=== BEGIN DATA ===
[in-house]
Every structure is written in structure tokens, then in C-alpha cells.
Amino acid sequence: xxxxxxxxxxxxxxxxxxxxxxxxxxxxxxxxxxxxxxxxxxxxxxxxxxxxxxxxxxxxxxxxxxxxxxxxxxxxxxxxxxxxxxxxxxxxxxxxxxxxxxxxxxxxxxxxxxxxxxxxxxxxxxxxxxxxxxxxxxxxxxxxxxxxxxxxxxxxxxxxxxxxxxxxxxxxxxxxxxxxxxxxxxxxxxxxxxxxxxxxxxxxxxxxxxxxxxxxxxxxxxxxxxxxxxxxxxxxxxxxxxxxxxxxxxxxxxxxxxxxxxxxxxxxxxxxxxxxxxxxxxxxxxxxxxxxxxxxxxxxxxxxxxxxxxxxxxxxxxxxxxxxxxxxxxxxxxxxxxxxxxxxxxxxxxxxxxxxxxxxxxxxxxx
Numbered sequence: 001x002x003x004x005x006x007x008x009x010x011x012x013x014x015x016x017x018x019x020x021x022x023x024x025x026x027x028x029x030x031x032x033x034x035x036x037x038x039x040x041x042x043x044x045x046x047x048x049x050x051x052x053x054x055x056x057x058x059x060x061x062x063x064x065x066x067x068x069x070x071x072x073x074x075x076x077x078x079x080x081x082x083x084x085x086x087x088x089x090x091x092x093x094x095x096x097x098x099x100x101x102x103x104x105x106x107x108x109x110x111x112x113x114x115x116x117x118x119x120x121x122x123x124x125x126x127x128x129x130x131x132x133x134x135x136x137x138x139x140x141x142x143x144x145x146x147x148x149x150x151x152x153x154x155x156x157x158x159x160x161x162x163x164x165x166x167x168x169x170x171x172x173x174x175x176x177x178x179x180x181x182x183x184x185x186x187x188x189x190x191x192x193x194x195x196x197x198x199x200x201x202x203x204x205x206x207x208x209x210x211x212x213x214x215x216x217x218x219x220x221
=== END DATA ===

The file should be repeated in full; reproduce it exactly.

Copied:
[in-house]
Every structure is written in structure tokens, then in C-alpha cells.
Amino acid sequence: xxxxxxxxxxxxxxxxxxxxxxxxxxxxxxxxxxxxxxxxxxxxxxxxxxxxxxxxxxxxxxxxxxxxxxxxxxxxxxxxxxxxxxxxxxxxxxxxxxxxxxxxxxxxxxxxxxxxxxxxxxxxxxxxxxxxxxxxxxxxxxxxxxxxxxxxxxxxxxxxxxxxxxxxxxxxxxxxxxxxxxxxxxxxxxxxxxxxxxxxxxxxxxxxxxxxxxxxxxxxxxxxxxxxxxxxxxxxxxxxxxxxxxxxxxxxxxxxxxxxxxxxxxxxxxxxxxxxxxxxxxxxxxxxxxxxxxxxxxxxxxxxxxxxxxxxxxxxxxxxxxxxxxxxxxxxxxxxxxxxxxxxxxxxxxxxxxxxxxxxxxxxxxx
Numbered sequence: 001x002x003x004x005x006x007x008x009x010x011x012x013x014x015x016x017x018x019x020x021x022x023x024x025x026x027x028x029x030x031x032x033x034x035x036x037x038x039x040x041x042x043x044x045x046x047x048x049x050x051x052x053x054x055x056x057x058x059x060x061x062x063x064x065x066x067x068x069x070x071x072x073x074x075x076x077x078x079x080x081x082x083x084x085x086x087x088x089x090x091x092x093x094x095x096x097x098x099x100x101x102x103x104x105x106x107x108x109x110x111x112x113x114x115x116x117x118x119x120x121x122x123x124x125x126x127x128x129x130x131x132x133x134x135x136x137x138x139x140x141x142x143x144x145x146x147x148x149x150x151x152x153x154x155x156x157x158x159x160x161x162x163x164x165x166x167x168x169x170x171x172x173x174x175x176x177x178x179x180x181x182x183x184x185x186x187x188x189x190x191x192x193x194x195x196x197x198x199x200x201x202x203x204x205x206x207x208x209x210x211x212x213x214x215x216x217x218x219x220x221